Every amateur archaeologist knows that the best way to learn about the history of an ancient society or civilization is to root through their garbage. After all, our trash provides a bevy of unique clues about what we eat, what we wear, and — in the case of the strange island formations in the Florida Everglades — where we lived. According to a recent article in Treehugger, researchers believe that the clustered groves of trees, or “tree islands” in certain parts of the Everglades are actually leftover landfills from early settlers.
So about 5000 years ago as ancient settlers wandered through the region, they discarded their trash into various neat little piles throughout the swamp. Most of their garbage was in the form “largely of bones, leftover food scraps, bits of pottery and tools, charcoal, and other ancient artifacts.” And while almost all of these items were organic in nature, these piles created perfect breeding grounds for trees and plants above the current Everglades swamp line, creating islands such as the ones pictured below:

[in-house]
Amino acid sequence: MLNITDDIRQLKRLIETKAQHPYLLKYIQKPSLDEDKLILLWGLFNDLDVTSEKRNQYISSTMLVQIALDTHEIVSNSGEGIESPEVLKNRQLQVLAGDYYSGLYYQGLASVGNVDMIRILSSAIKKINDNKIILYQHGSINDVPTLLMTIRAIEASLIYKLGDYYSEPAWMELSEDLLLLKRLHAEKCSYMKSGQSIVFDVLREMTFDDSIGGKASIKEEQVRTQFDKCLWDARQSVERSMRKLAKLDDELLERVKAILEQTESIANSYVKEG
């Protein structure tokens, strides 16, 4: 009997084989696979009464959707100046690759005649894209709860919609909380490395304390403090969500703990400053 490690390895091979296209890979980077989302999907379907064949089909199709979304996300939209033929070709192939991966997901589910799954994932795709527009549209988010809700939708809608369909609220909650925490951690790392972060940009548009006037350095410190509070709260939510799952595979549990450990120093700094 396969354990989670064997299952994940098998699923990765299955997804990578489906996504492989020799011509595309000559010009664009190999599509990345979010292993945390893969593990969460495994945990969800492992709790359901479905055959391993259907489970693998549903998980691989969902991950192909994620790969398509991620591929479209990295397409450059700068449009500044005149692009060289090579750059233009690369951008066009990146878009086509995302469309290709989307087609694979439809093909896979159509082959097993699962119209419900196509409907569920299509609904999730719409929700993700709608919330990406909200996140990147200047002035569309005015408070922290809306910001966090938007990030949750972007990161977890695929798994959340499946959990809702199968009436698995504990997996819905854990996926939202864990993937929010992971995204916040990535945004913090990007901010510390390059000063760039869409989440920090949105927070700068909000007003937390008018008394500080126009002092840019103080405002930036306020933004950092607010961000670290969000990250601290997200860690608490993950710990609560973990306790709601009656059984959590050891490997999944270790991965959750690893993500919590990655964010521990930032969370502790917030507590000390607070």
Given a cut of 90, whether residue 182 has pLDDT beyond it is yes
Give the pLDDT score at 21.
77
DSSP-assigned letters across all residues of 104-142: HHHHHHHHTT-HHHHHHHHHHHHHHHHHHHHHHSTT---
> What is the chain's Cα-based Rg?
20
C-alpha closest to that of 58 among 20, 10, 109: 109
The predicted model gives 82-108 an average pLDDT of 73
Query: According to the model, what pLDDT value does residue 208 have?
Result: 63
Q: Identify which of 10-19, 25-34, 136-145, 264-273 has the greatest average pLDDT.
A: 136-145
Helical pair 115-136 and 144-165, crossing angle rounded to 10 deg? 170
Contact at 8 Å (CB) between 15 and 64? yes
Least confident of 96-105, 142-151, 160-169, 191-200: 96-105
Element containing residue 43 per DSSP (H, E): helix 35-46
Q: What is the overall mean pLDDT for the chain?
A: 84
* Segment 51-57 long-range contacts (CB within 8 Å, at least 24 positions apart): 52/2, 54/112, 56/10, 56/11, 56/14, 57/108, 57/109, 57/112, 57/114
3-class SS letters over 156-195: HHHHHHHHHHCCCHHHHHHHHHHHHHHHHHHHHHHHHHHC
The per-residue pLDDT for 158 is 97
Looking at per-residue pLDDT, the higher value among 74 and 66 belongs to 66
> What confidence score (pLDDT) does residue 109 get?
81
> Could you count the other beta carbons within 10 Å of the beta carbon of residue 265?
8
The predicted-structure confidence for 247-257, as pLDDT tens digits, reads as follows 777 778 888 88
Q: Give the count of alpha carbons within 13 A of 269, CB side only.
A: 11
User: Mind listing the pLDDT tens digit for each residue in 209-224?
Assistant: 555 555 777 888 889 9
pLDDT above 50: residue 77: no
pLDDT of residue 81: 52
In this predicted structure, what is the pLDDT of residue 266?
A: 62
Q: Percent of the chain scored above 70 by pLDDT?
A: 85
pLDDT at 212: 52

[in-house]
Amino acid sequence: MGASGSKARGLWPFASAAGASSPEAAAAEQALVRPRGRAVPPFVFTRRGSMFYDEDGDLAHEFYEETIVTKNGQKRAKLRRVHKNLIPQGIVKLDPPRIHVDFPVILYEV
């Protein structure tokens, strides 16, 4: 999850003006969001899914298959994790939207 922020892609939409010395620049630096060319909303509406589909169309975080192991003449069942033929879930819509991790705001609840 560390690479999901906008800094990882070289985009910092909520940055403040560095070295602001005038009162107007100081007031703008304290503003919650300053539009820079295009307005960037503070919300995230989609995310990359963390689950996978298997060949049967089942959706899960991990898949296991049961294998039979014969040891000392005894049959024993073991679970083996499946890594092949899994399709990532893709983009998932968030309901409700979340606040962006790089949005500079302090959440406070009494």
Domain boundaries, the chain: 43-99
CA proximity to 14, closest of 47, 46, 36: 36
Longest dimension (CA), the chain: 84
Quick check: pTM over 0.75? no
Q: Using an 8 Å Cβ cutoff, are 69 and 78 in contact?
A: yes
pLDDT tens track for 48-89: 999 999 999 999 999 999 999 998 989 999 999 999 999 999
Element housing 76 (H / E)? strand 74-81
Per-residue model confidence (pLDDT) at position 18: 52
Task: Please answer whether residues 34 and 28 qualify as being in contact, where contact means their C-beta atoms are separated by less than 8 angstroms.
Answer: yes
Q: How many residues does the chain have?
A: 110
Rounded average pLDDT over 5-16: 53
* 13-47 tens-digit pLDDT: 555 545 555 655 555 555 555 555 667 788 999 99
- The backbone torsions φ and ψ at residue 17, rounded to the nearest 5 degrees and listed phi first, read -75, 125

Pretty cool, eh? On a sad note though, if any alien archaeologists descend upon Earth thousands of years from now, looking for the remnants of a long-lost civilization (assuming we’ve wiped ourselves out) they won’t be rummaging through just bits of organic material. They’ll have a pretty good idea of how we lived based on our modern landfills. That said, some places like New York City are working on transforming local landfills, like the one at Fresh Kills on Staten Island, into parks and recreation areas.
(Eds note: in slightly tangental news, the author saw the movie Waste Land last night, which highlights the lifestyle of Cariocas in Rio de Janiero’s trash industry. Fascinating stuff and strongly recommended.)